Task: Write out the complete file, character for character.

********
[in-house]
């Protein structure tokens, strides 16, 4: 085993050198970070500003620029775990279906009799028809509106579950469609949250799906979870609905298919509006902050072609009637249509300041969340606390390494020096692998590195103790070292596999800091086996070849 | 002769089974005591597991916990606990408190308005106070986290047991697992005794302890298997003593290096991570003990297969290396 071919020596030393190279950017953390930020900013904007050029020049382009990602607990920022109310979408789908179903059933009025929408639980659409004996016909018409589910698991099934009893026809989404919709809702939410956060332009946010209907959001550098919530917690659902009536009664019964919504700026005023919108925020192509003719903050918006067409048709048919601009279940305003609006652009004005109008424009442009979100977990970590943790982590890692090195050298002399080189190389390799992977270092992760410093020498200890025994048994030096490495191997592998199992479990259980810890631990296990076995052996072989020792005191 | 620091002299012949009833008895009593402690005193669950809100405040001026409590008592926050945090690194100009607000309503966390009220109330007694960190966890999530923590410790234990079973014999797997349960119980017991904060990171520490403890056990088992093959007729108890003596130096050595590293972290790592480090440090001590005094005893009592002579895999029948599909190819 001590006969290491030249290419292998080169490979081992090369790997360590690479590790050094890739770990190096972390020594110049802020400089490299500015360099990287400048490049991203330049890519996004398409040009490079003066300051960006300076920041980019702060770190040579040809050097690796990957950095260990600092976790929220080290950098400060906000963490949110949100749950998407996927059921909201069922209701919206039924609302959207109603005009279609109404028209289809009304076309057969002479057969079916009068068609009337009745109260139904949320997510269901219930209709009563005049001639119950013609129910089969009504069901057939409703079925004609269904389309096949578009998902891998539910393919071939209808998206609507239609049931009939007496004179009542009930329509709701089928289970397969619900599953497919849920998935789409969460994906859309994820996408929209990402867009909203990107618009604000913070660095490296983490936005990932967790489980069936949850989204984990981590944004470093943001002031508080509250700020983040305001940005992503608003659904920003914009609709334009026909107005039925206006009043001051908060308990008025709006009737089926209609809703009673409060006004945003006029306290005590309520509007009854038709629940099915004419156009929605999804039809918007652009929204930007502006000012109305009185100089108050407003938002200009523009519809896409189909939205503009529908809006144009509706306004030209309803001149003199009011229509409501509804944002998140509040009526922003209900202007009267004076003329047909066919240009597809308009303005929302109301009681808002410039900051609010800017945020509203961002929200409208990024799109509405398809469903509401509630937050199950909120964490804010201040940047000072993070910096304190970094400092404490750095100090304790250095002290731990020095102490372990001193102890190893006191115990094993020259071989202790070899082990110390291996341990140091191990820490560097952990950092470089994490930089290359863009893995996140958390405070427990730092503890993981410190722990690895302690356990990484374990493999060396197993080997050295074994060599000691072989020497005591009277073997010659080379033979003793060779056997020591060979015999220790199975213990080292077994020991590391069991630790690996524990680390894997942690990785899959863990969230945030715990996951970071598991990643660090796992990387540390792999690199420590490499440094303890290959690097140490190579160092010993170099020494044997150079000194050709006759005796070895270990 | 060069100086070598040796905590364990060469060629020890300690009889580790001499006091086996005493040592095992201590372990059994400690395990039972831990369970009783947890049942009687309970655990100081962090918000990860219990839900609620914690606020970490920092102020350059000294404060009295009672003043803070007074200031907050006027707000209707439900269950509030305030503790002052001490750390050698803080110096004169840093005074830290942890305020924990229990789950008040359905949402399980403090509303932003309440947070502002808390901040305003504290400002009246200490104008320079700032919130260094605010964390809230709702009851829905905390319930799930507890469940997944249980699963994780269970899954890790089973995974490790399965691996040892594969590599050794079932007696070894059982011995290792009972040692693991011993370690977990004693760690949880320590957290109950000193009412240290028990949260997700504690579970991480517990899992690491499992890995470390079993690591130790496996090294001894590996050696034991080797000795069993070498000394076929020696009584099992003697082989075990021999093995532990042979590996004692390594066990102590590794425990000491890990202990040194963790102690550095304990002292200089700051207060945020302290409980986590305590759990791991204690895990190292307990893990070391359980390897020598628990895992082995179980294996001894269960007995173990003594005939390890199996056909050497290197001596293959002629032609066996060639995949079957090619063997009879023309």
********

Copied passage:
[in-house]
């Protein structure tokens, strides 16, 4: 085993050198970070500003620029775990279906009799028809509106579950469609949250799906979870609905298919509006902050072609009637249509300041969340606390390494020096692998590195103790070292596999800091086996070849 | 002769089974005591597991916990606990408190308005106070986290047991697992005794302890298997003593290096991570003990297969290396 071919020596030393190279950017953390930020900013904007050029020049382009990602607990920022109310979408789908179903059933009025929408639980659409004996016909018409589910698991099934009893026809989404919709809702939410956060332009946010209907959001550098919530917690659902009536009664019964919504700026005023919108925020192509003719903050918006067409048709048919601009279940305003609006652009004005109008424009442009979100977990970590943790982590890692090195050298002399080189190389390799992977270092992760410093020498200890025994048994030096490495191997592998199992479990259980810890631990296990076995052996072989020792005191 | 620091002299012949009833008895009593402690005193669950809100405040001026409590008592926050945090690194100009607000309503966390009220109330007694960190966890999530923590410790234990079973014999797997349960119980017991904060990171520490403890056990088992093959007729108890003596130096050595590293972290790592480090440090001590005094005893009592002579895999029948599909190819 001590006969290491030249290419292998080169490979081992090369790997360590690479590790050094890739770990190096972390020594110049802020400089490299500015360099990287400048490049991203330049890519996004398409040009490079003066300051960006300076920041980019702060770190040579040809050097690796990957950095260990600092976790929220080290950098400060906000963490949110949100749950998407996927059921909201069922209701919206039924609302959207109603005009279609109404028209289809009304076309057969002479057969079916009068068609009337009745109260139904949320997510269901219930209709009563005049001639119950013609129910089969009504069901057939409703079925004609269904389309096949578009998902891998539910393919071939209808998206609507239609049931009939007496004179009542009930329509709701089928289970397969619900599953497919849920998935789409969460994906859309994820996408929209990402867009909203990107618009604000913070660095490296983490936005990932967790489980069936949850989204984990981590944004470093943001002031508080509250700020983040305001940005992503608003659904920003914009609709334009026909107005039925206006009043001051908060308990008025709006009737089926209609809703009673409060006004945003006029306290005590309520509007009854038709629940099915004419156009929605999804039809918007652009929204930007502006000012109305009185100089108050407003938002200009523009519809896409189909939205503009529908809006144009509706306004030209309803001149003199009011229509409501509804944002998140509040009526922003209900202007009267004076003329047909066919240009597809308009303005929302109301009681808002410039900051609010800017945020509203961002929200409208990024799109509405398809469903509401509630937050199950909120964490804010201040940047000072993070910096304190970094400092404490750095100090304790250095002290731990020095102490372990001193102890190893006191115990094993020259071989202790070899082990110390291996341990140091191990820490560097952990950092470089994490930089290359863009893995996140958390405070427990730092503890993981410190722990690895302690356990990484374990493999060396197993080997050295074994060599000691072989020497005591009277073997010659080379033979003793060779056997020591060979015999220790199975213990080292077994020991590391069991630790690996524990680390894997942690990785899959863990969230945030715990996951970071598991990643660090796992990387540390792999690199420590490499440094303890290959690097140490190579160092010993170099020494044997150079000194050709006759005796070895270990 | 060069100086070598040796905590364990060469060629020890300690009889580790001499006091086996005493040592095992201590372990059994400690395990039972831990369970009783947890049942009687309970655990100081962090918000990860219990839900609620914690606020970490920092102020350059000294404060009295009672003043803070007074200031907050006027707000209707439900269950509030305030503790002052001490750390050698803080110096004169840093005074830290942890305020924990229990789950008040359905949402399980403090509303932003309440947070502002808390901040305003504290400002009246200490104008320079700032919130260094605010964390809230709702009851829905905390319930799930507890469940997944249980699963994780269970899954890790089973995974490790399965691996040892594969590599050794079932007696070894059982011995290792009972040692693991011993370690977990004693760690949880320590957290109950000193009412240290028990949260997700504690579970991480517990899992690491499992890995470390079993690591130790496996090294001894590996050696034991080797000795069993070498000394076929020696009584099992003697082989075990021999093995532990042979590996004692390594066990102590590794425990000491890990202990040194963790102690550095304990002292200089700051207060945020302290409980986590305590759990791991204690895990190292307990893990070391359980390897020598628990895992082995179980294996001894269960007995173990003594005939390890199996056909050497290197001596293959002629032609066996060639995949079957090619063997009879023309």